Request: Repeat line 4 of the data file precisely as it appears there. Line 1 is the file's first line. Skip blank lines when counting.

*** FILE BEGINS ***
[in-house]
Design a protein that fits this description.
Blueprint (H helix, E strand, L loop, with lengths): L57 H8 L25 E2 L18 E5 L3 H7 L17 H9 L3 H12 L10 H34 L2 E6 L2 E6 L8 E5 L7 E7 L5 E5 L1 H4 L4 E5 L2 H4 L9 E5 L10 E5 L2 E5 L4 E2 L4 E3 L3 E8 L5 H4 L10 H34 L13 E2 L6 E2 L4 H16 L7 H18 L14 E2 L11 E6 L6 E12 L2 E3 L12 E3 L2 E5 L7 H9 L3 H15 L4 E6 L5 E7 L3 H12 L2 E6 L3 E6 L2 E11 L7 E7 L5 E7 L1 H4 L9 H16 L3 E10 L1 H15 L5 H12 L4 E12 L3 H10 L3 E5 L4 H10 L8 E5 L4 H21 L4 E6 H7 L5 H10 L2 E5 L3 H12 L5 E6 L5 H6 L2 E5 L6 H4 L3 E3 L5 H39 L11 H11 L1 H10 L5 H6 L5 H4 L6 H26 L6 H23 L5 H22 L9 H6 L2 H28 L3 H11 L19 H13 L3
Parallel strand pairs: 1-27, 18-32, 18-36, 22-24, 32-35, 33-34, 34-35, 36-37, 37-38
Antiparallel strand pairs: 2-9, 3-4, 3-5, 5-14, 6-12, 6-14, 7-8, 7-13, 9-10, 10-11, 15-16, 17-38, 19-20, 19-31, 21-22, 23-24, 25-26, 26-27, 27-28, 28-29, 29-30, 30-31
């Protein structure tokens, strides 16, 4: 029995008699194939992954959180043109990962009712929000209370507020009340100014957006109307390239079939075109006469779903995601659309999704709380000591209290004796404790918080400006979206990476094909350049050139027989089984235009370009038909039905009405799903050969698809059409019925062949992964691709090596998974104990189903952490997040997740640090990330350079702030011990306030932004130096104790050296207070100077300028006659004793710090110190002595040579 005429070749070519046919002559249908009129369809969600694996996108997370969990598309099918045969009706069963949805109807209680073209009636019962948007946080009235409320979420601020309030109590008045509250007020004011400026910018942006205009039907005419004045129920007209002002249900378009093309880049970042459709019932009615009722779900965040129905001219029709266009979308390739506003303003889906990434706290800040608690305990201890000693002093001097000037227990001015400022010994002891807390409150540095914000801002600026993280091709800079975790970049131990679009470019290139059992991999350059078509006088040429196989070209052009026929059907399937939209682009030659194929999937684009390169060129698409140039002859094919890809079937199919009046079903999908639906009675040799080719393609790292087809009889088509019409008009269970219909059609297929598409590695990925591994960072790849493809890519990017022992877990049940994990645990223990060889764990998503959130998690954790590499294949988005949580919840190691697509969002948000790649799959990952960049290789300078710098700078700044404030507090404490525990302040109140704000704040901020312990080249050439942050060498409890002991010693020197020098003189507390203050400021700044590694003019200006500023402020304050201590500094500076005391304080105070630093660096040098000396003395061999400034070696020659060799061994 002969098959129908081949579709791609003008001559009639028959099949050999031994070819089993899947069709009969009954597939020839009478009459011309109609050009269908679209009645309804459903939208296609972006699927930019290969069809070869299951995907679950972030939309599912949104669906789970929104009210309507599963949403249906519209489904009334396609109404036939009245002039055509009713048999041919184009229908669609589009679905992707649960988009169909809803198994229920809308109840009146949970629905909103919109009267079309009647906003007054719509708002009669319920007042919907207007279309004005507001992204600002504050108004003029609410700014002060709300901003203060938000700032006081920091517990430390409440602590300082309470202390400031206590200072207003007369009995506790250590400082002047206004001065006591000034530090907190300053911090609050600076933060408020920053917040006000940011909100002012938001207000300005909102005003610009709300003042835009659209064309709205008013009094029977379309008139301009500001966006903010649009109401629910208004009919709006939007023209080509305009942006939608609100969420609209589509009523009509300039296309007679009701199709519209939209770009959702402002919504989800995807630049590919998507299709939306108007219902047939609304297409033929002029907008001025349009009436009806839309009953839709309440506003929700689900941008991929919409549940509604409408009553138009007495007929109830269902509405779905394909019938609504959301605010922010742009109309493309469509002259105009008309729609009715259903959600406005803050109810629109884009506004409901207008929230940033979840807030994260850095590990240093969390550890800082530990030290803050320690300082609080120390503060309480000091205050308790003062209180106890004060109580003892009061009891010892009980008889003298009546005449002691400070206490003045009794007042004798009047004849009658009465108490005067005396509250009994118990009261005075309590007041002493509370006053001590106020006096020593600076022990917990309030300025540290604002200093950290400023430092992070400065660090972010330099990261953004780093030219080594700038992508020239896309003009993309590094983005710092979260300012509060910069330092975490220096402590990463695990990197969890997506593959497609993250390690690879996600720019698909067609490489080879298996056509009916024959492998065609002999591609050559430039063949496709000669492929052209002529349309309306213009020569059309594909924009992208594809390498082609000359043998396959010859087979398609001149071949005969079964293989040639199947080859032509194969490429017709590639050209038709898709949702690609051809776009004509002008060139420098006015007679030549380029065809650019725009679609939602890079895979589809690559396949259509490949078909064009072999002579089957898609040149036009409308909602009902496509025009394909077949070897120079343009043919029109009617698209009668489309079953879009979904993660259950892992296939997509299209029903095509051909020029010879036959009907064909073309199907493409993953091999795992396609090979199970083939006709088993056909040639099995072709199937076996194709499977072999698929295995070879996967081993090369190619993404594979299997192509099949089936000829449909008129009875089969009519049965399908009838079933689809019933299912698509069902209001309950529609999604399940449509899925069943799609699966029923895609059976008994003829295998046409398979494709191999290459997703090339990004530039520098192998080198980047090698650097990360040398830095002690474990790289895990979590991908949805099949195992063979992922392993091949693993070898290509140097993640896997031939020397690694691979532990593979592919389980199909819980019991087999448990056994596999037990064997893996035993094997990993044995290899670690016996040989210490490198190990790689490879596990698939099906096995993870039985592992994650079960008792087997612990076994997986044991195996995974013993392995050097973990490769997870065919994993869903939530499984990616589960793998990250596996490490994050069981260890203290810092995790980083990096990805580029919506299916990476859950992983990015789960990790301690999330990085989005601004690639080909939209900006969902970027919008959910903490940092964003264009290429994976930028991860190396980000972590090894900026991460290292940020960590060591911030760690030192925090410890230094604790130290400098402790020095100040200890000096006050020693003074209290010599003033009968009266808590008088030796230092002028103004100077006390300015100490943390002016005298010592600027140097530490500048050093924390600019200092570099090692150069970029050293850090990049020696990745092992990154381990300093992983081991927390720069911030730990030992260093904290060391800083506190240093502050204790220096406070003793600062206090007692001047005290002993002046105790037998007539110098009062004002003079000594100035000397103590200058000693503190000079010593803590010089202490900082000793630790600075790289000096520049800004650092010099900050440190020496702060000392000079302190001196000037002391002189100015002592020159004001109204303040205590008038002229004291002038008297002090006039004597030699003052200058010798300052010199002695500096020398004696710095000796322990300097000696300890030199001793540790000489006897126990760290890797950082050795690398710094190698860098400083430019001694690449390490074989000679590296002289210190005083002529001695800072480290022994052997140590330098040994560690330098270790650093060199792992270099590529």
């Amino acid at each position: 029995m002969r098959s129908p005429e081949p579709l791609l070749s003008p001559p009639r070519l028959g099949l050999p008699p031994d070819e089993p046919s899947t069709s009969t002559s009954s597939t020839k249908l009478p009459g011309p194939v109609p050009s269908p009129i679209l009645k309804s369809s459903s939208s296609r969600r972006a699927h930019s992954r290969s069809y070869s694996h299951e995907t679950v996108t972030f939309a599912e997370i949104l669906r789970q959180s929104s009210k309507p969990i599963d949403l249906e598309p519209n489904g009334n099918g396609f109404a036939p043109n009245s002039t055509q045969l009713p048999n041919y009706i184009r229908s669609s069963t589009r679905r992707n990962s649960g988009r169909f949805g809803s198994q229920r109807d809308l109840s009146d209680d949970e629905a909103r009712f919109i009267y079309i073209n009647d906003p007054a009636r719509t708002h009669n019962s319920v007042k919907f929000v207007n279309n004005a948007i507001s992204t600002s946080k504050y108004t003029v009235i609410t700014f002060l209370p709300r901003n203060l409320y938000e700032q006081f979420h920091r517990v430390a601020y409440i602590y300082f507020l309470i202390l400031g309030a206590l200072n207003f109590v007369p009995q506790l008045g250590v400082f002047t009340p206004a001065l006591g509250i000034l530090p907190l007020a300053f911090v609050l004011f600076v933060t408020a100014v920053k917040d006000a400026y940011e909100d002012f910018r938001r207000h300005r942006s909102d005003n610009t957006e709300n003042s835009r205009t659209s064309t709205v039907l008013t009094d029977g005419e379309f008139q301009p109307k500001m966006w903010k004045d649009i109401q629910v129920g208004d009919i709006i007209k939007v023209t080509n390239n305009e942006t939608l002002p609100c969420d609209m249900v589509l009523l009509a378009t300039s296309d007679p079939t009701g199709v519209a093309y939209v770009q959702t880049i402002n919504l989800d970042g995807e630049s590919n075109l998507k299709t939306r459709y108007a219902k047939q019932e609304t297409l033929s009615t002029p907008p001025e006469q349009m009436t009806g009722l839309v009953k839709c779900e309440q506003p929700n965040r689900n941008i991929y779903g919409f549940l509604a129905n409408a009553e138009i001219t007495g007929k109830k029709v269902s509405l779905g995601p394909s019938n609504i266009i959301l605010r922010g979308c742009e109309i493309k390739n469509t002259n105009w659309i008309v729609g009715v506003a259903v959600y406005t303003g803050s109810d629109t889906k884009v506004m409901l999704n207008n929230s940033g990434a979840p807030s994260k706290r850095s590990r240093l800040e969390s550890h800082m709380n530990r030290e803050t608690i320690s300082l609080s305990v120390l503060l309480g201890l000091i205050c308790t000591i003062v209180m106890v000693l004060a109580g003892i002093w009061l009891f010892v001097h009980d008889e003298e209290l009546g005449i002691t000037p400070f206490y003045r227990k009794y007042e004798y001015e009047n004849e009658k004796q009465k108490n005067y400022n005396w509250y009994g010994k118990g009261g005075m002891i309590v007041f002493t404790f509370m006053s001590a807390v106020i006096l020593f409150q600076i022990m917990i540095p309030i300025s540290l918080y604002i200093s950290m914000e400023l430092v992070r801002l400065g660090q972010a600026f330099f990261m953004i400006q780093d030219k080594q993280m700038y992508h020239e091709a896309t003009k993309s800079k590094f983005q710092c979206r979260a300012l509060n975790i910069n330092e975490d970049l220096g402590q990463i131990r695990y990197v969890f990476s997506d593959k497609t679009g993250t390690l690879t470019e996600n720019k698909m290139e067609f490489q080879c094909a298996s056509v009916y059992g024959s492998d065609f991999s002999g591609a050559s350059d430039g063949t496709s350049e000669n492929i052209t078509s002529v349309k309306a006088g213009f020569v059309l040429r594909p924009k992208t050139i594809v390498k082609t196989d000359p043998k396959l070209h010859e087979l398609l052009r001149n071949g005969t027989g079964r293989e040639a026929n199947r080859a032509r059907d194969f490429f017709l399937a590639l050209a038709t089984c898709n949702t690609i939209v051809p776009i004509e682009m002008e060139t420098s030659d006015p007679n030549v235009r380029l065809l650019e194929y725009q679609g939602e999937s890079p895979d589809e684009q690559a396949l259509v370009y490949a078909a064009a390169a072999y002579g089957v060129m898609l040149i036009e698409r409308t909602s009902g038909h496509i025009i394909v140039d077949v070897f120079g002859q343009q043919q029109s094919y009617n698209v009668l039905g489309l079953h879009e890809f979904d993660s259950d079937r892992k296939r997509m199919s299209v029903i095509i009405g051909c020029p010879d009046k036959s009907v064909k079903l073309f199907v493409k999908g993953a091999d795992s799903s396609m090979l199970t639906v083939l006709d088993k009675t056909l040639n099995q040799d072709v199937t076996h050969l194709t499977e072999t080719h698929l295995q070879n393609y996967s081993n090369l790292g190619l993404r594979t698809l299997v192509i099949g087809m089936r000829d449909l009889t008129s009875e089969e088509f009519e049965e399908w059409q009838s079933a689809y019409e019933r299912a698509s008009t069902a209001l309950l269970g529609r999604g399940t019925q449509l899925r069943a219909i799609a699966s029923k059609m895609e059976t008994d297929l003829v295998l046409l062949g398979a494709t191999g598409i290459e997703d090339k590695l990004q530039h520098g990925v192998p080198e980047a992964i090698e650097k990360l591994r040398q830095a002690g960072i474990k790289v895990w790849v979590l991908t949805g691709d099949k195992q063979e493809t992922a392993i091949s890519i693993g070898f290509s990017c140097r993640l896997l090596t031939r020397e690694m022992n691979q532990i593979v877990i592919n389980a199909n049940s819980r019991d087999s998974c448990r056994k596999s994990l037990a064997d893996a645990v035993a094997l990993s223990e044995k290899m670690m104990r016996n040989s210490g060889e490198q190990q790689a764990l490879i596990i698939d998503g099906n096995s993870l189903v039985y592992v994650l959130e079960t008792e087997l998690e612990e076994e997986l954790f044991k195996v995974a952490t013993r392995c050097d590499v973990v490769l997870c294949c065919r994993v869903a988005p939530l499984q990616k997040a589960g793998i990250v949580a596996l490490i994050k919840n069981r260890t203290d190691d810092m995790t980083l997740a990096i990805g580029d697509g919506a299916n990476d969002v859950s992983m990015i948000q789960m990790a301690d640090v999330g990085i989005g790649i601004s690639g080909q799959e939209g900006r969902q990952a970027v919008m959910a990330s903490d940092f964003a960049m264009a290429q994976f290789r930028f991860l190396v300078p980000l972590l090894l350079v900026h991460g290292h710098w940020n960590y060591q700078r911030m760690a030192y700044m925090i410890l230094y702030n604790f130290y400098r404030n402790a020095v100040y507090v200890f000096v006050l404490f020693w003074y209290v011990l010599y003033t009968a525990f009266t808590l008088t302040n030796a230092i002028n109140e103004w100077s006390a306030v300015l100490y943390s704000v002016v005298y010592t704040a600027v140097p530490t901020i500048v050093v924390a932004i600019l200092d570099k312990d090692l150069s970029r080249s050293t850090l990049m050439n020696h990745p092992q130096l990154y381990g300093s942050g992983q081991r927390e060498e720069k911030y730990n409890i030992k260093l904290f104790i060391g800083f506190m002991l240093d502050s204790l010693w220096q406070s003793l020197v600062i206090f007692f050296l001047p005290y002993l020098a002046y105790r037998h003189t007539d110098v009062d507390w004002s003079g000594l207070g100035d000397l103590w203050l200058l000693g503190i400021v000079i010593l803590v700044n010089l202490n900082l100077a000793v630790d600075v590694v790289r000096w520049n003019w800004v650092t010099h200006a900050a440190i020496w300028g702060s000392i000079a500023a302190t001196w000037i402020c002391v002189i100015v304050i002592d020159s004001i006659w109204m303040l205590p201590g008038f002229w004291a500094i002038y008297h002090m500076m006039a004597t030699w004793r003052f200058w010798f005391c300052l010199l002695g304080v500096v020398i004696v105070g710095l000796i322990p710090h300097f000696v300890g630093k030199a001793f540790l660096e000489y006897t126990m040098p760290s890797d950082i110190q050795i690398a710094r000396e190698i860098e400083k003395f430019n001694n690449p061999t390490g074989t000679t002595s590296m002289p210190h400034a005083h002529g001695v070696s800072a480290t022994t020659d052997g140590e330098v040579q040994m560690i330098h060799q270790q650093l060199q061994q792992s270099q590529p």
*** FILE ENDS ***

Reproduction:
Parallel strand pairs: 1-27, 18-32, 18-36, 22-24, 32-35, 33-34, 34-35, 36-37, 37-38